7th Pay Commission – How minimum and maximum salaries have been fixed
From time to time, the Centre appoints pay commissions for examining various aspects of the compensation package of central government employees and recommend appropriate pay revisions. So far, seven central pay commissions have been appointed.
The first was constituted in 1946, followed by commissions appointed in 1957, 1970, 1983, 1994, 2006 and 2014. These commissions are the successors of Royal commissions set up during the British raj. The gap between two pay commissions has been about a dozen years, but the last pay commission was appointed within a space of eight years.
What factors are examined in fixing salaries of government employees?
The seventh pay commission report states that the salaries of government employees should be enough to motivate them to work as well as retain them in government service as the recruitment and training process of new employees is an expensive affair. Another important basis, is equity or equal pay for equal work.
How is the minimum salary fixed?
The estimation of minimum pay in government is the first step towards building a new pay structure. It is fixed by considering the recommendations of the 15th Labour Conference held in 1957. The need-based wages are fixed to cover all the needs of a worker’s family.One key measure is food requirements as specified by the recommendations of Dr Wallace Akroyd’s formula providing a minimum of 2,700 calories and a specified quanitity of protein, fat and so on.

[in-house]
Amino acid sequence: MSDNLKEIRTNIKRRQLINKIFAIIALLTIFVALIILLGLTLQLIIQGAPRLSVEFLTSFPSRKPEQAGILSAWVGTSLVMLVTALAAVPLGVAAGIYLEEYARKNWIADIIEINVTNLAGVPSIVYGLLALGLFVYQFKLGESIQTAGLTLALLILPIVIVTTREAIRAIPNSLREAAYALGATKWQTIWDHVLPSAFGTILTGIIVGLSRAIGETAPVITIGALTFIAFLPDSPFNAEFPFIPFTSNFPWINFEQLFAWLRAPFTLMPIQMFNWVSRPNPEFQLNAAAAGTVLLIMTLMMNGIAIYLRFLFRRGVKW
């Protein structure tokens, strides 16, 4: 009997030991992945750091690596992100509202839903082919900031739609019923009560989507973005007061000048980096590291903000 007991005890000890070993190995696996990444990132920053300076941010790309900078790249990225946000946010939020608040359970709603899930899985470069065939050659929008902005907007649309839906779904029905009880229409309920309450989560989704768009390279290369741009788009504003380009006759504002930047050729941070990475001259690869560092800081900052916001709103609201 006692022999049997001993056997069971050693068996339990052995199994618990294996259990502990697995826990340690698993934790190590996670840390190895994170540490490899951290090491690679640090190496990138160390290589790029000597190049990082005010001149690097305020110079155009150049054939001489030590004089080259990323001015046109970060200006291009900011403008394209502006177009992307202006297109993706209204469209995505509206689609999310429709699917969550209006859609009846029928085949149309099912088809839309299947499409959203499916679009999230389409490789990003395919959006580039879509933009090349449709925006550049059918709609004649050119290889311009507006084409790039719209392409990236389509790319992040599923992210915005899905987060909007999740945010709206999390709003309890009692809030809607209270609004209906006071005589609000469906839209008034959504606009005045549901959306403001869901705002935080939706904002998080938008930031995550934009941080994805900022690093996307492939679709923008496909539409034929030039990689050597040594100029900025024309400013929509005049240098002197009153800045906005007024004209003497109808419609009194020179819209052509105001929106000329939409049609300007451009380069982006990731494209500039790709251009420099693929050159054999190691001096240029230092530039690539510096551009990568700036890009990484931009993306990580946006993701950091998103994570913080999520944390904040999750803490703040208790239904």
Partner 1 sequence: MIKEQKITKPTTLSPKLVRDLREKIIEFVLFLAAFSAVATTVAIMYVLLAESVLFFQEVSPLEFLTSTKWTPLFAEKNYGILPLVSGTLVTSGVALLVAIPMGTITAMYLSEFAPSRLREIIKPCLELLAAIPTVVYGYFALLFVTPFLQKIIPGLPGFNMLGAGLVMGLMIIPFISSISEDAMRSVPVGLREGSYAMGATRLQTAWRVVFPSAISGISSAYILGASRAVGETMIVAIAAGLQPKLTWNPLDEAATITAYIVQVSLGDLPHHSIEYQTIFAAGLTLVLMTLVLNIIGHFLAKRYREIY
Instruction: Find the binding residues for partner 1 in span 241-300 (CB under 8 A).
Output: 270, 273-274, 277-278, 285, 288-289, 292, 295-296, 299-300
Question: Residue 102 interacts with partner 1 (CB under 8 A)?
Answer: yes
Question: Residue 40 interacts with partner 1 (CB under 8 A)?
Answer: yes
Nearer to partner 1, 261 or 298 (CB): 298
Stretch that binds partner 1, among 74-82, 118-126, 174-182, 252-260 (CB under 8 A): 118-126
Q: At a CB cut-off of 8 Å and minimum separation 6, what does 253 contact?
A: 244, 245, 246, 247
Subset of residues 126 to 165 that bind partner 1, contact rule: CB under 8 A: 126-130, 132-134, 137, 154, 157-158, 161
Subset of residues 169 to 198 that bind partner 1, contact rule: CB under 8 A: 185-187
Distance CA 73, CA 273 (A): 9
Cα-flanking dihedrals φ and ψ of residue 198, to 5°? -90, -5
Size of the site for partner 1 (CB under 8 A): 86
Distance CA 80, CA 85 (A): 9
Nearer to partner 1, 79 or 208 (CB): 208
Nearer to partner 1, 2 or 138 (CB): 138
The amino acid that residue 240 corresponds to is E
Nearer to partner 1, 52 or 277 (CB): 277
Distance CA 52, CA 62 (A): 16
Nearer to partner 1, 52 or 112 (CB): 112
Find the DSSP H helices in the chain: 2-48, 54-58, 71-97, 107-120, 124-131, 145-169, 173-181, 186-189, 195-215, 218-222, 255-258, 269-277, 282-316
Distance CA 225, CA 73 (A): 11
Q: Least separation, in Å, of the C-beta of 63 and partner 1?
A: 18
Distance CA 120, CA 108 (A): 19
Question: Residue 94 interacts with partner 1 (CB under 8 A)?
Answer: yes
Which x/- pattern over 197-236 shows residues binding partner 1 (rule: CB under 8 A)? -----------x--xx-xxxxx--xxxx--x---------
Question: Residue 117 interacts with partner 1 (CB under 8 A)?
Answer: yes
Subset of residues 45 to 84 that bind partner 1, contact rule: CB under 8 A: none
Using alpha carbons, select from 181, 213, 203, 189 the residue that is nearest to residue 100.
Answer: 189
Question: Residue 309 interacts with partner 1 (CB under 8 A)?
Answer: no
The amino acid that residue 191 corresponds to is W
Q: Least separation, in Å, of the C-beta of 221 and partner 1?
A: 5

The normative family is taken to consist of a spouse and two children below the age of 14. With the husband assigned one unit, wife 0.8 units and the two children 0.6 units each, the minimum wage needs to be enough to provide for three consumption units. It also keeps in mind the 1991 judgment of the Supreme Court asking for providing for education, medical expenses, recreation, festivals and ceremonies. Based on these criteria, the minimum wage fixed by the seventh pay commission is Rs 18,000.
How are higher level salaries fixed?
The pay matrix has two dimensions hor izontal and vertical.
There are 18 horizon tal levels for starting points in various government jobs and then there are verti cal ranges of pay progression for each of these levels.An employee joins at a particular level and progresses within the level as per the vertical range. The movement is usually on an annual basis, based on annual increments till the time of their next promotion. Different compensations are fixed for all these stages.
In the first pay commission, there was a huge difference between the highest and the lowest paid government employees. For instance in 1948, the salary of the highest paid government official was Rs 2,000 which was 37 times higher than the Rs 55 paid to the lowest earning employee. The ratio was progressively reduced to reach 10.2 times by the fifth pay commission. In the seventh pay commission stands at 13.9
Source: Economics Times